DoltHub is the Figma of databases. And our designer who introduced us to Figma agrees:
We want to take databases into the modern era of browser-based collaboration. There are a
few attributes that make this possible, and Figma sums them up well on their
DoltHub wants a future where data is also these things. Here's how we're making it happen.
DoltHub is collaborative. Similar to how many people can work on a design file at the same
time, multiple people can work on the same dataset at the same time. We modeled our pull
request workflow after Git. A user can make a change, create a pull request to be reviewed
by a member of the team, and then merge the changes to the "main" or "production" branch.
If conflicts arise from two people making a change to the same cell or row, they can be
viewed and resolved manually. Databases can be easily shared among many people without
needing to ask which version is best.
DoltHub is borderless. Figma wants to make design more accessible to everyone, and we want
the same for data. We're continually adding features to DoltHub to lower the bar for
people who may not be as familiar with SQL or Git. Don't know the SQL statement for
deleting a row? Click a button instead and the SQL will be generated for you. You can
learn SQL while playing around with data on DoltHub. And the best part is that it's very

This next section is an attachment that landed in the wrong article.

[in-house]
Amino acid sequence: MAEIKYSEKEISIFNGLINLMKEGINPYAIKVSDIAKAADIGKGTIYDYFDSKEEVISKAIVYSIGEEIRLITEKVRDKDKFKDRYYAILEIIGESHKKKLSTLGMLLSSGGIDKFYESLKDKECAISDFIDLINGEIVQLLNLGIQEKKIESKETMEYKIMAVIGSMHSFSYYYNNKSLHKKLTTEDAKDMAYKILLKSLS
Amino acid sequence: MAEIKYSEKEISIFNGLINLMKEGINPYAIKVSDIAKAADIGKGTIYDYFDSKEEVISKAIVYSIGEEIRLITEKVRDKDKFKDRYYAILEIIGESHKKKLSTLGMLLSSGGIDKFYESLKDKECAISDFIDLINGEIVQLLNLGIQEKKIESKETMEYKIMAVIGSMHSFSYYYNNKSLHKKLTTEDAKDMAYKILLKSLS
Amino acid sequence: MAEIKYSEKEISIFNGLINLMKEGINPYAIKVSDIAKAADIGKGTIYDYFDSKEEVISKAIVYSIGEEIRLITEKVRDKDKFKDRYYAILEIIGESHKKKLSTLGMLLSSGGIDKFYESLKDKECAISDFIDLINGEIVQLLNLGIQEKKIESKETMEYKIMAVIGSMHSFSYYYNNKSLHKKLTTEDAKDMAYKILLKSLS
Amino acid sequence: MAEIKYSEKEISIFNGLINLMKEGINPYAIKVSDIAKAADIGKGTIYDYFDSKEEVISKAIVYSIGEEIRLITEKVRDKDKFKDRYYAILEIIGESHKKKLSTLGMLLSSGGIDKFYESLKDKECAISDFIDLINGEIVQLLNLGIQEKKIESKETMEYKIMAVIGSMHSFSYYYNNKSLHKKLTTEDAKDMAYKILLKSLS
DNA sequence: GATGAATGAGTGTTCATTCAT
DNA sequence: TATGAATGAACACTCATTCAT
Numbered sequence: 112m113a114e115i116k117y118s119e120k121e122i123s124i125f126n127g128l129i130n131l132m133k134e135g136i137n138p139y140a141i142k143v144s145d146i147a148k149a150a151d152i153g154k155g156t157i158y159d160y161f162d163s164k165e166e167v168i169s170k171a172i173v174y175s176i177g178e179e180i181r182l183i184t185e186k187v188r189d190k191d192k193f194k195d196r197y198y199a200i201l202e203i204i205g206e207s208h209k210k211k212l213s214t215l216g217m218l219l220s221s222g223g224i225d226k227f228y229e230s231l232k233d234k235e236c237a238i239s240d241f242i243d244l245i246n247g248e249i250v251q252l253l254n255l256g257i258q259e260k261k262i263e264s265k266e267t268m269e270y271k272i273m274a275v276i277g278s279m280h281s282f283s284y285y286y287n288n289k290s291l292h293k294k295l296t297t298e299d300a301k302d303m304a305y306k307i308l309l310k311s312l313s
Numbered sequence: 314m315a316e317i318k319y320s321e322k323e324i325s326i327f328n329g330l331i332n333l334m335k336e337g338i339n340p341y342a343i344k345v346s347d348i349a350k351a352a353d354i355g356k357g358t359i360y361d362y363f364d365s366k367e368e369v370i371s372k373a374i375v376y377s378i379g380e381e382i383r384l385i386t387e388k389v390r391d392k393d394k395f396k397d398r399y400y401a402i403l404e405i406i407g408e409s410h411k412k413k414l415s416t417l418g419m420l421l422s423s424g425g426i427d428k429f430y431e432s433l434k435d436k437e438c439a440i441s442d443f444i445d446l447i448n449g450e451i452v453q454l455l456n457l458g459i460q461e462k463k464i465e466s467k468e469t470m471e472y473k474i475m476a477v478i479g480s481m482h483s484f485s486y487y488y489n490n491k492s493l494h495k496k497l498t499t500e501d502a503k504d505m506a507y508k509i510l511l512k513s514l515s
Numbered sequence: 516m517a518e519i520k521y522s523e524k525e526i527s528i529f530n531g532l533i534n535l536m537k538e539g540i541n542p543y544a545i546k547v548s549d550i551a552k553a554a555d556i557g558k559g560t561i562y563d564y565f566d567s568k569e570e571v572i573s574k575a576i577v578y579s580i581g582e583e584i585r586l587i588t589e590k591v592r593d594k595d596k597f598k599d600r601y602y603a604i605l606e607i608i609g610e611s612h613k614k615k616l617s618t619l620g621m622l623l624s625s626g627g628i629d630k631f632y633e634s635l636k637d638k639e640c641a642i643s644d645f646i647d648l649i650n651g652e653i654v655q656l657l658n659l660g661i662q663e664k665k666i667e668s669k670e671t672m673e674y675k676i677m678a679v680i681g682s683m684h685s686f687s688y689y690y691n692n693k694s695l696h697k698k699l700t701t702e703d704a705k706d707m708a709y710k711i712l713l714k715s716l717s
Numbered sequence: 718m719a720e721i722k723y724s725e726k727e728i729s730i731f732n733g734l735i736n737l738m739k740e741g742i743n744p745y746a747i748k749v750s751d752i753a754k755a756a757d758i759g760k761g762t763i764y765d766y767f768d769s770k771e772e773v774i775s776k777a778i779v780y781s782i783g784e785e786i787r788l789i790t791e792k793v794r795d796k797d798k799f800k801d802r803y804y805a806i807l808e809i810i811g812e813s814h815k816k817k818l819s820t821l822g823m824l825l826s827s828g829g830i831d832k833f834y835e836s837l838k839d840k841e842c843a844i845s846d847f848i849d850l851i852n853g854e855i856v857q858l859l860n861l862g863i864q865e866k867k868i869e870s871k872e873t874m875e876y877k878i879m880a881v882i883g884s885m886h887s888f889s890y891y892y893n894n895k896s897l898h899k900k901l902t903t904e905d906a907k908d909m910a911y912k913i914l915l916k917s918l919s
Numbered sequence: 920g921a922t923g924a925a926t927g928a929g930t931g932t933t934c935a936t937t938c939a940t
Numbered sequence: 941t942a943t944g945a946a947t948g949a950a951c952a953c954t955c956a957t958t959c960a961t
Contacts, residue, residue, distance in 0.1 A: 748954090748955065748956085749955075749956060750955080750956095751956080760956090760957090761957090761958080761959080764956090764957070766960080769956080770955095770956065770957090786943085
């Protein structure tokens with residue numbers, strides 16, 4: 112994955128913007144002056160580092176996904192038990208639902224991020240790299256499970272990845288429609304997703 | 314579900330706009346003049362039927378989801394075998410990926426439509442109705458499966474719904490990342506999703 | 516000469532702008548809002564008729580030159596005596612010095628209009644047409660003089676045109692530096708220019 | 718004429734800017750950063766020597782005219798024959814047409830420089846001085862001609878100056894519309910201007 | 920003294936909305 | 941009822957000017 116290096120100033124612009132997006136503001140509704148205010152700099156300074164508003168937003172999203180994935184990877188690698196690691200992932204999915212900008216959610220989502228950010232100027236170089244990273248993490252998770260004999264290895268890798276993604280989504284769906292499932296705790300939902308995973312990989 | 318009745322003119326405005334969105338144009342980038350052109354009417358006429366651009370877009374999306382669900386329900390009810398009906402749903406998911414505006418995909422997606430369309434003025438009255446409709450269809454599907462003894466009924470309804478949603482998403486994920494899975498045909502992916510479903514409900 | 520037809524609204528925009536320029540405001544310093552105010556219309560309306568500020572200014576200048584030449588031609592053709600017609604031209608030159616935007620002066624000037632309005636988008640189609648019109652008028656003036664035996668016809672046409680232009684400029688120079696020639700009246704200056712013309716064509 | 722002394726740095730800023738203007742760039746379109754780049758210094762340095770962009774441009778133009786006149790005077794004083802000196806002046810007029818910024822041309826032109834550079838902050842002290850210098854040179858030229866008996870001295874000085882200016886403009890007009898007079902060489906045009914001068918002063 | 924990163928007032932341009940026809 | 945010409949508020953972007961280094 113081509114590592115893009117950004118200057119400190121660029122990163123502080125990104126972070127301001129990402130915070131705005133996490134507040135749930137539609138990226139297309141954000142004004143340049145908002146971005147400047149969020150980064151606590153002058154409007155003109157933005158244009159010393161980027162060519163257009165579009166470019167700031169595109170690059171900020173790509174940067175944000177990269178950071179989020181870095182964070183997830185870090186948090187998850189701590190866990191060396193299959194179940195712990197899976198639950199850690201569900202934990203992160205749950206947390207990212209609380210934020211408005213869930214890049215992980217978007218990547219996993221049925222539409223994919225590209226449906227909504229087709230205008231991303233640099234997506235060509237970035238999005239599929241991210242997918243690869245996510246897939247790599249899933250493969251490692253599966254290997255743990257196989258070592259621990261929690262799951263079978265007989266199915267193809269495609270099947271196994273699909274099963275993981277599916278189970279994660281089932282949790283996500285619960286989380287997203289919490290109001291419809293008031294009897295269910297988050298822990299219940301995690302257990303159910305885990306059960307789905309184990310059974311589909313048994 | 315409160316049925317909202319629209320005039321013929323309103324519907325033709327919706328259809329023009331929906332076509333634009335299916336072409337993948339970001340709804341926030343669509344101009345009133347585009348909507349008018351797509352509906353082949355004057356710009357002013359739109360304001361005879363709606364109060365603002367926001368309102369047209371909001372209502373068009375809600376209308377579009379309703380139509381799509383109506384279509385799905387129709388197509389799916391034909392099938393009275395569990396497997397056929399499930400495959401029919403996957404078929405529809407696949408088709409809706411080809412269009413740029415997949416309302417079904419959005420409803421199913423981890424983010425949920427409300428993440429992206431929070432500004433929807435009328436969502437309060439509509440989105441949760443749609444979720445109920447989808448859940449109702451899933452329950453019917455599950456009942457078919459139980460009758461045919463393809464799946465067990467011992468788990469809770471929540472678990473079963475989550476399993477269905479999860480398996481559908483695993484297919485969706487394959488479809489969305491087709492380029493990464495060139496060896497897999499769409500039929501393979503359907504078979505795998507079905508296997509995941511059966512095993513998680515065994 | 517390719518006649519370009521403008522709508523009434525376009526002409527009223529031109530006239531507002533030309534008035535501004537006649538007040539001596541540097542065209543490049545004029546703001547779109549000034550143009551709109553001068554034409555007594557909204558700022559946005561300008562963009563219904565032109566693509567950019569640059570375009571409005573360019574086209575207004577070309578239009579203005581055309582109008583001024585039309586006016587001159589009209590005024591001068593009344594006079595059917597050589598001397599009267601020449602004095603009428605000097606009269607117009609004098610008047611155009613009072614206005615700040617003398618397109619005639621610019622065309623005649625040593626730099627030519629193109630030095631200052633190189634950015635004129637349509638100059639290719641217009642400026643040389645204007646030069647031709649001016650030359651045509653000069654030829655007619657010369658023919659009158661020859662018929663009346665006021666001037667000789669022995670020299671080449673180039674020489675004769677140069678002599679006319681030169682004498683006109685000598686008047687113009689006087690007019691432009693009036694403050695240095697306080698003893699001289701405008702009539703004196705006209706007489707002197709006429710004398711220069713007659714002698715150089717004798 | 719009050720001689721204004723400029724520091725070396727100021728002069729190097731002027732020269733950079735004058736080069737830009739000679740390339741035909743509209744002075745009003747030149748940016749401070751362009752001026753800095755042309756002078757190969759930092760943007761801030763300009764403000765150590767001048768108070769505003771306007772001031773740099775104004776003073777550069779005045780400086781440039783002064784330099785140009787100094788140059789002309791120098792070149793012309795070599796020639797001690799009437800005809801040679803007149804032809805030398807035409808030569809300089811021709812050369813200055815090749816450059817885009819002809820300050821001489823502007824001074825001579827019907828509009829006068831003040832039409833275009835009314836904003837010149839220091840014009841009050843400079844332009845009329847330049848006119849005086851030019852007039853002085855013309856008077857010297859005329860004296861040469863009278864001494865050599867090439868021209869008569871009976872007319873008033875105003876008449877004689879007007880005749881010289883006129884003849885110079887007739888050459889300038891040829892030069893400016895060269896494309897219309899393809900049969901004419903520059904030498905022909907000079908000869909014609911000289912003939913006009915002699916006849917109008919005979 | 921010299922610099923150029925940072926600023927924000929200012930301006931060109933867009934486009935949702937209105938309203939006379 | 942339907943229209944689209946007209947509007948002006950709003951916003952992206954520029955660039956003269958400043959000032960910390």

difficult for beginners to make a major mistake. With easy rollback, any change can be
undone. This means more people can be involved in the data process, and learn as they go.
Learn more about the DoltHub features that make working with data more accessible
DoltHub is transparent. Both Figma and DoltHub have source control, meaning that you can
see who made changes to what when. On DoltHub, commits and pull requests are a great way
to document changes to data. They often include sources and motivation for changes, making
data and where it came from more transparent. If someone makes a bad change, you can track
it to the commit and revert it. Teach the offender what they did wrong so they don't make
the same mistake again. We also have issues,
where users can report bugs, feature requests, or other ways the data can be improved.
This greatly minimizes guessing for why the data is the way it is. Imagine going to a
government website and each cell of data they publish can be tracked to a specific source
and person making the change. 🤯
DoltHub is community-driven. Not only do we have a thriving Discord
community, but we have fostered a community of
enthusiastic data hunters and gatherers through data
bounties. We pay people to find data and put it in the
Dolt format. These datasets are completely open to the public and free to download and
share. Our data bounty participants have created 10 sought-after and relevant datasets so
far, with more to come. They include databases of hospital
agencies, and US
learn technical skills through this process, while getting paid for their contributions.
DoltHub is open-sourced. Our Dolt code on GitHub is
open-sourced and can be viewed by anyone. Similar to
Git's commitment to being free and
open-source, we also wanted to guarantee that you can trust our software and that it will
always be free to share and change. We have plans to make an open-sourced DoltHub (aka
DoltLab, analogous to
GitLab) in the next year or so, so stay tuned.
We love Figma and we're creating a similar web interface in the browser, but for data.
Join our Discord community if you'd like to follow
along or chat with us about any of the features we're building to bring databases into the
modern browser-based world of collaboration.